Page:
image

OBX again …

image

and again.

image

She took my girls with me many times …

image

      many times.

Yes, I’m very happy to have her back.

Very happy, indeed.

Five years later …

or nearly so, I am still sorting through my late husband’s things.

I should be past overpowering sadness by now.

I suppose I am, mostly.

But being a writer and photographer hinders that absolution.

Just when I begin to ascertain peace in my life, words intervene; I write about him and tear those nearly closed wounds open again.

It is as though he died this day, this moment, this hour.

Sadness seeps through the crevices the words carve.

Normal humans move forward, live their lives, make something of themselves from the shattered remains.

I want that, too.

But I’m a writer.

I’m a photographer.

I keep tearing those wounds, just as they’re healing, open.

I love writing about everything and photographing God’s perfect beauty; but it has a price.

I pay dearly through my words for they rip open wounds I’ve desperately attempted to close.

I bleed, painfully, and use photography to heal me.

Each image I capture stitches the brokenness and, simultaneously, pours remembrance on not quite yet healed hurts.

If one is not an artist of some kind, time will ease your pain.

For the rest of us, those with creative pieces in our soul, time simply laughs.

When the words, melodies and images are in our head and heart, there is little time can do.

What it can do is soon undone by what we are.

Sadness is my destiny, peace my hope.

And yet I write.

I photograph.

My hope is great.

My healing never really comes.

I have to ask myself if I would be willing to sacrifice my writing and photography for peace.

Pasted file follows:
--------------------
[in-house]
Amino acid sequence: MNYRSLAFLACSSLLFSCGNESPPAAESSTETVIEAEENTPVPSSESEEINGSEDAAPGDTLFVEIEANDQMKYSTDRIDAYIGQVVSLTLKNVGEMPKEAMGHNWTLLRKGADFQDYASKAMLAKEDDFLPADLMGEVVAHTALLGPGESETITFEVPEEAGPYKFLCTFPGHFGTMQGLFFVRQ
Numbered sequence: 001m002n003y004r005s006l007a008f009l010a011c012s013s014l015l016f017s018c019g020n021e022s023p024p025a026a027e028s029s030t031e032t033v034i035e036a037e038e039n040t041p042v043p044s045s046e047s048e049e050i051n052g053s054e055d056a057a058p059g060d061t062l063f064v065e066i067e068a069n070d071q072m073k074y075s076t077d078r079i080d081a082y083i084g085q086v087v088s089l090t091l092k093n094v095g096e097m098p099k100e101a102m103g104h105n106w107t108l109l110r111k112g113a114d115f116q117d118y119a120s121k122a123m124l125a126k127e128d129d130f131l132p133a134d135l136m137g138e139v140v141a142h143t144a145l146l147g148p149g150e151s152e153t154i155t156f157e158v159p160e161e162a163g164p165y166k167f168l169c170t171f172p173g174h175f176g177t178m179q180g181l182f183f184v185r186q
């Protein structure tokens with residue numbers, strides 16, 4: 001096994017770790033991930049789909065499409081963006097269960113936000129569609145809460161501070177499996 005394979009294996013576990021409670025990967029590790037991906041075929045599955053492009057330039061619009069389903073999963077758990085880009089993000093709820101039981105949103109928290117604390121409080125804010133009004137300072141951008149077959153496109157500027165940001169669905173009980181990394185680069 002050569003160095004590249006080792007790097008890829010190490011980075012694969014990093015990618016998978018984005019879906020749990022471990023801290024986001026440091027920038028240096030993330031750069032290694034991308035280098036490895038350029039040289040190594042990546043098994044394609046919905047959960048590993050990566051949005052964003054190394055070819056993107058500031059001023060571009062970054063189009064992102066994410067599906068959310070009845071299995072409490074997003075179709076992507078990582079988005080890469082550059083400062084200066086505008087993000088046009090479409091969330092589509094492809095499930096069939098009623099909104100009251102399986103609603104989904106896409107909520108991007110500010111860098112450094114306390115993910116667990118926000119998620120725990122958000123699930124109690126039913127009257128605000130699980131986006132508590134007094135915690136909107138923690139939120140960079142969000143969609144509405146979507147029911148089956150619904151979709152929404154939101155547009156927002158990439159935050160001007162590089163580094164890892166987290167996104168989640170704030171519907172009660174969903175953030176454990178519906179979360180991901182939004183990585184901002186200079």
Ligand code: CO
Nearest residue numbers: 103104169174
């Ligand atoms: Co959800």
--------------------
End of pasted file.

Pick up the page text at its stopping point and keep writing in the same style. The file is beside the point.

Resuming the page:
No, I answer.

I can live without peace.

To live without words and images would truly and altruistically destroy me.

That which brings me sadness will fuel my hope.

I am a writer and photographer.

Therein lies my hope.

image

image

image

My lovely little …

convertible is, so I’m told, on the mend.

For six weeks, I’ve been without her.

Begging and borrowing vehicles on the fly.

Never knowing from one day to the next what I’ll be driving.

As much as I miss my car, I miss my Outer Banks bumper sticker, which I proudly displayed on my hood, more.

Pirate’s Paradise it proclaimed.

On my hood.

I miss that sticker nearly as much as I miss my car.

I want a Jeep, yes, but on my timeline.

And the OBX sticker is a dealbreaker.

I suppose the only thing (family not included) I love more than my car is the OBX.

I want that sticker, preferably still attached to my car.

Hope springs eternal, right?

image

image

image

And so it does.

Spring eternally, that is.

Being a photographer …

these days means little more to most people than having a phone or buying an expensive camera and setting it to full auto.

Taking what they get because an image is just an image, right?

I feel sick when I look at photographs that have been photoshopped into submission.

Jpeg files that leave little room for development because so much is lost.

I still shoot film quite often and develop my prints in a borrowed darkroom.

The possibilities of what an image can be are endless.

When I shoot digital, I shoot RAW.

I’m amazed how many digital “photographers” I come across who have no idea what RAW means.

Maybe it’s wrong, but I dismiss them immediately.

Getting lucky now and then doesn’t make one a photographer.

It makes them lucky and cowardly.

A true photographer realizes that yeah, once in a while, we get lucky, but knowing when and where to shoot is an art.

Up hours before sunrise.

Hiking miles in the dark.

Sunburned and thirsty, dirty, scraped, wet, exhausted and sometimes bleeding.

I will likely never be a “discovered photographer”, but being real is more important to me than faking it.

I feel the light, hear the wind, understand the rain.

As do my fellow photographers.

We see beyond the end of our lenses.

We are what we shoot.

And proudly, we work for our shots.

We are a dying breed, but at the end of the day, understand what it really means to be a photographer.

image

image

image

image

image

image

image

image